New Year’s Resolution

New Year’s Resolution

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It’s New Year’s resolution time. So, I looked at a number of websites for the Top 10 New Year’s resolutions and they all seem to be variants of:

  1. Exercise more
  2. Lose weight
  3. Get organized
  4. Learn a new skill or hobby
  5. Live life to the fullest
  6. Save more money / spend less money
  7. Quit smoking / reduce drinking
  8. Spend more time with family and friends
  9. Travel more
  10. Give more money to your local church.

Wholesome

OK, so perhaps I made the last one up – but if you’re still trying to decide, then I hope that list was of some help! But it does say something about both the kind of people that we want to be and the kind of people that we are. It seems we’re stuck in a rut, overweight, smoke too much, in debt and disorganised.

On the other hand, if we actually made these resolutions and kept them, then we would have well-organized lives and we’d have enough money, we would exercise regularly and be at our target weight, be free of any addiction and spend our spare time knitting or doing watercolours or a little woodturning. What a wholesome bunch of people we would be! And we wouldn’t be short of things to sell at our Coffee Mornings either!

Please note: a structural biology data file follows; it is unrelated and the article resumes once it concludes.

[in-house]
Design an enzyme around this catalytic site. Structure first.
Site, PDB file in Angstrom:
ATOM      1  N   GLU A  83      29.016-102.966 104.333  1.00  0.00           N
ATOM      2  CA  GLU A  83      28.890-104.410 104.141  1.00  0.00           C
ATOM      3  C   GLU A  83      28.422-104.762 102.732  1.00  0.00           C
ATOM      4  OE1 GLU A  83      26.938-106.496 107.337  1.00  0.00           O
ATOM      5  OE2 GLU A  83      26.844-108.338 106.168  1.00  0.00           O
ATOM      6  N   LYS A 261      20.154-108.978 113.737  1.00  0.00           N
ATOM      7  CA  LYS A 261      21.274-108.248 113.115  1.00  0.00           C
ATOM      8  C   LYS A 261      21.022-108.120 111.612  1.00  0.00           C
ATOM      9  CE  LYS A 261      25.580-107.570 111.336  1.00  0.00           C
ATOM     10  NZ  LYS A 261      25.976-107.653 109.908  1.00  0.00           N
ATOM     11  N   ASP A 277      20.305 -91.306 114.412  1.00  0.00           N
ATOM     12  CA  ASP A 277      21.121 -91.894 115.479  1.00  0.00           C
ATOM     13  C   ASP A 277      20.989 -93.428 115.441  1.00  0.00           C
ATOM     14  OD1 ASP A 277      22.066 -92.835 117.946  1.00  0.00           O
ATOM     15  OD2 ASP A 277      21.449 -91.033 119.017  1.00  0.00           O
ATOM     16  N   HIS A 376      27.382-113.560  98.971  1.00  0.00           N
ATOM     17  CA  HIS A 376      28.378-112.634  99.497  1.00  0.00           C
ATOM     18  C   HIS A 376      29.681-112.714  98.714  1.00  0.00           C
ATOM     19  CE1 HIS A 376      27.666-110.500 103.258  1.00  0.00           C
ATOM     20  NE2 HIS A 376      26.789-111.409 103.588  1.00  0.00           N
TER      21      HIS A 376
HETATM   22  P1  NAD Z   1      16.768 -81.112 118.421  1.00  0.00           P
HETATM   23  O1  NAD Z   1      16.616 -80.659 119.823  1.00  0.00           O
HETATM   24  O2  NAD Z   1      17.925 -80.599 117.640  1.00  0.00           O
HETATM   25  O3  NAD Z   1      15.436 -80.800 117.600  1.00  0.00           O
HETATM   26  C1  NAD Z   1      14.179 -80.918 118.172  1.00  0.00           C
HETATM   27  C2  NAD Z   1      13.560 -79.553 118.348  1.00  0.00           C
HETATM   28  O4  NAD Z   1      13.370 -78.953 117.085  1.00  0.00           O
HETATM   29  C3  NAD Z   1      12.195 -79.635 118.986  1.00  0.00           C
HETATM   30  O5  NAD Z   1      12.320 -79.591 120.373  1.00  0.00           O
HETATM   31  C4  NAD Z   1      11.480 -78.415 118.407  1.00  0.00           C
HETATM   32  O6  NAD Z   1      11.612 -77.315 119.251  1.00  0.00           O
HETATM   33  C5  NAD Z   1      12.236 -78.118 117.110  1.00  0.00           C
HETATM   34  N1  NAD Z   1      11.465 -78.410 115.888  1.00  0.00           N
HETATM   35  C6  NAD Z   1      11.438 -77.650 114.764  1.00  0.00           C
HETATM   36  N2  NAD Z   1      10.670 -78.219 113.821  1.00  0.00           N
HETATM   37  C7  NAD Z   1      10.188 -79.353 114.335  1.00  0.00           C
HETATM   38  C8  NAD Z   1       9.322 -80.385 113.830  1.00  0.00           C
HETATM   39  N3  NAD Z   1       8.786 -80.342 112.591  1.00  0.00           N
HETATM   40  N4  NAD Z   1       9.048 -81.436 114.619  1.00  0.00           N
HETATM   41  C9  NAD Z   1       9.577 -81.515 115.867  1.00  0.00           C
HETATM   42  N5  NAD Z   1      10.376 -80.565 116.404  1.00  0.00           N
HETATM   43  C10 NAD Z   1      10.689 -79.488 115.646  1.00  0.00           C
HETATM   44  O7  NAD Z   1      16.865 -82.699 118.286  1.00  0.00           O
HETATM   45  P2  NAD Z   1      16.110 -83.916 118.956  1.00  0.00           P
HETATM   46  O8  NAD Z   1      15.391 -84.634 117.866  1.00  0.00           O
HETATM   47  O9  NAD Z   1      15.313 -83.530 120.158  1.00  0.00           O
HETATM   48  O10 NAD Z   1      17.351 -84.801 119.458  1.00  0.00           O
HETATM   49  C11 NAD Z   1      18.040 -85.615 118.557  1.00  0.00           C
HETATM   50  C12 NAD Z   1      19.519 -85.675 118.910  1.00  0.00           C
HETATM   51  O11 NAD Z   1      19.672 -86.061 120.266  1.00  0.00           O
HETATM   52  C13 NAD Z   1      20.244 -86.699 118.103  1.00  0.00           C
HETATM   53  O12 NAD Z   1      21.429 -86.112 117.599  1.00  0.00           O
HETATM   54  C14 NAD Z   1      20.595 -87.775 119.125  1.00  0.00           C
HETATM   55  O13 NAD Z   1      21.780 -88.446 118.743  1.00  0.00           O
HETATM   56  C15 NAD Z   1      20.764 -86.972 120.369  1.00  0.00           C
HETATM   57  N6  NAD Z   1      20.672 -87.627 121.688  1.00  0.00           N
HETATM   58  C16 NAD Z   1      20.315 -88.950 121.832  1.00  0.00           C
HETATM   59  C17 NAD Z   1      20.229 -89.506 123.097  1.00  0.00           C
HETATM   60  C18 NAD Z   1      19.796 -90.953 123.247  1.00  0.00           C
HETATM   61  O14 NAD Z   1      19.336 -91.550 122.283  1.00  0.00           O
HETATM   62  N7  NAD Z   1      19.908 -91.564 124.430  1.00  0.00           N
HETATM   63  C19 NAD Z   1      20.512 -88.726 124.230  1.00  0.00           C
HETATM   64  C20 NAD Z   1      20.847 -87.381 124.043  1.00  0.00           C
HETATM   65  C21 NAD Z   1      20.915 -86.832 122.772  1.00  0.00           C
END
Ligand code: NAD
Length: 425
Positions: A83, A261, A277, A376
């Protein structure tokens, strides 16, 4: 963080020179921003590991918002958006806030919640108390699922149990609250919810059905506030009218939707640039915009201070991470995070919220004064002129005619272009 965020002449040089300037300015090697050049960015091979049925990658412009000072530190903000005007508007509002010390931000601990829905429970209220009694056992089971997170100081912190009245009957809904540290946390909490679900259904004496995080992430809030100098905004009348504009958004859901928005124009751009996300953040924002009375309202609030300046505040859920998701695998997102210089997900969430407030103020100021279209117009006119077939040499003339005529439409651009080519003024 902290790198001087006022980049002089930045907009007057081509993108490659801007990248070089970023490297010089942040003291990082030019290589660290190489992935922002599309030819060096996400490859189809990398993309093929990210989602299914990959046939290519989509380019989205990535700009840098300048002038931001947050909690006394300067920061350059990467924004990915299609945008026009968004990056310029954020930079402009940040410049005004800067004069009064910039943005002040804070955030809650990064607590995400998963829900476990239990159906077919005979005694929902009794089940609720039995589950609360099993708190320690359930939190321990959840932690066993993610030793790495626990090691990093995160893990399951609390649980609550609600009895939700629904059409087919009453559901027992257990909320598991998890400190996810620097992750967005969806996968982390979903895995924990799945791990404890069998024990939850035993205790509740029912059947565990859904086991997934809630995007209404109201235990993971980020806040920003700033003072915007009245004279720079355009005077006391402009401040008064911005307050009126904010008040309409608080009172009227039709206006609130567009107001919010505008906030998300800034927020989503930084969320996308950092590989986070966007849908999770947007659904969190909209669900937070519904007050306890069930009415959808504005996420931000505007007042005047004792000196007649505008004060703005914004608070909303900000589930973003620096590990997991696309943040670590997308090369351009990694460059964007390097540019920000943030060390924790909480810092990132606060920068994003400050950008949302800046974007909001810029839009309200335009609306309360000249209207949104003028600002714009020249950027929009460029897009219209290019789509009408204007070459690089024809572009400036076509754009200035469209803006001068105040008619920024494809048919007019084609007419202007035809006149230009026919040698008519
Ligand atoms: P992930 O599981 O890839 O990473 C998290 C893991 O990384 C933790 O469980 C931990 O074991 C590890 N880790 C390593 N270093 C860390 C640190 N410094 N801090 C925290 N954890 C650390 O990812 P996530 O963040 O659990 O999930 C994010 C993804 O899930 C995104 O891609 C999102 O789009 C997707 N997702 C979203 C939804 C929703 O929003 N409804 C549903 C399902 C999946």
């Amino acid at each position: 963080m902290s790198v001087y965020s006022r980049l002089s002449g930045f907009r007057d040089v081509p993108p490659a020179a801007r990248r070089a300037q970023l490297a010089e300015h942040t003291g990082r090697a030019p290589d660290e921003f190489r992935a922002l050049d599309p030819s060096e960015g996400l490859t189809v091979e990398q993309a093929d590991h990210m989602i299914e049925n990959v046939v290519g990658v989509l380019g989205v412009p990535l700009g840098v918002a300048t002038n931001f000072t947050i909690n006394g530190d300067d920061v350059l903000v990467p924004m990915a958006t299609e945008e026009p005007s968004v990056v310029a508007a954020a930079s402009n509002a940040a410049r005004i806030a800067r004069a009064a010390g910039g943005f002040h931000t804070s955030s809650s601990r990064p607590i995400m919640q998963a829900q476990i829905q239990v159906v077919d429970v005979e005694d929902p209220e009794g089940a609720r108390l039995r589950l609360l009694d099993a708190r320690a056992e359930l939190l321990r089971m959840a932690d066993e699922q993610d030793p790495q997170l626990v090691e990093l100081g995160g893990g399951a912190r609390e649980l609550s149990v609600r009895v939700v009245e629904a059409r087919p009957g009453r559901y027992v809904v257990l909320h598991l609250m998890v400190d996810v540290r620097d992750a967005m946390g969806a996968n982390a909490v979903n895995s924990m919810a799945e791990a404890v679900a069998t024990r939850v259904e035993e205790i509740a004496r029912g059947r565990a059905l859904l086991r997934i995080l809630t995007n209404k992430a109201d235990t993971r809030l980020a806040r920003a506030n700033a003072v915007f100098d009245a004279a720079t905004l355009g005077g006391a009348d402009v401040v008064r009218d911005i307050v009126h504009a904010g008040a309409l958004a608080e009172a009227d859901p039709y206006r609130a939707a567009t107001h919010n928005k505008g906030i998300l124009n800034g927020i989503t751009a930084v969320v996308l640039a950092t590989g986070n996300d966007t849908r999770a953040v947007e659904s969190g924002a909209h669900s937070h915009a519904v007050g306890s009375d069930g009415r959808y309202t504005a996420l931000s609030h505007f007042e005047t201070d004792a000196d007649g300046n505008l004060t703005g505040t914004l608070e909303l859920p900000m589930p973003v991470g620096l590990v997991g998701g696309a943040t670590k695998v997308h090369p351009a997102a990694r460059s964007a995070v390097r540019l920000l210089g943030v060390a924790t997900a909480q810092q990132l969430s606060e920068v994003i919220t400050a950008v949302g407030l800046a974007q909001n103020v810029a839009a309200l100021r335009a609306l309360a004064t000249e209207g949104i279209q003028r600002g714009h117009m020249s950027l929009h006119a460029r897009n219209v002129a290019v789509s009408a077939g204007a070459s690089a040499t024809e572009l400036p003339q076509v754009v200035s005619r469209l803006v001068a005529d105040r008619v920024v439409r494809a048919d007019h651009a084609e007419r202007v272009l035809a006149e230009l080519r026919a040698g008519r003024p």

Blessing and Benediction

Thoughts of New Year resolutions drew me to our OT reading today, the words of which should be familiar to us: ‘The Lord bless you and keep you; the Lord make his face to shine upon you and be gracious to you; the Lord lift up his countenance upon you and give you peace.’ These are words of blessing and benediction.

The passage is often used in both Christian and Jewish communities to conclude services of worship. But here in the Book of Numbers the words are amongst a text describing the children of Israel’s preparations for leaving Mount Sinai, where they’ve been camped for around a year whilst they took a break from wandering in the desert.

They’re about to re-commence their journey to the Land of Promise. The blessing was for when they departed from the mountain and was to be used each day for the rest of their journey. It’s perhaps a good reminder that just like ‘go in peace to love and serve the Lord’, todays blessing isn’t meant to finish a service but rather to kick-start what happens next, what we do ‘out there’ rather than ‘in here’.

Wishful words

I wonder if we feel like we’ve been camped for awhile in one place and that it’s time to get going again. Maybe these words of blessing and benediction might be good ones to pack-up and carry with us in the next steps of our journey. Words that we could wish to each other.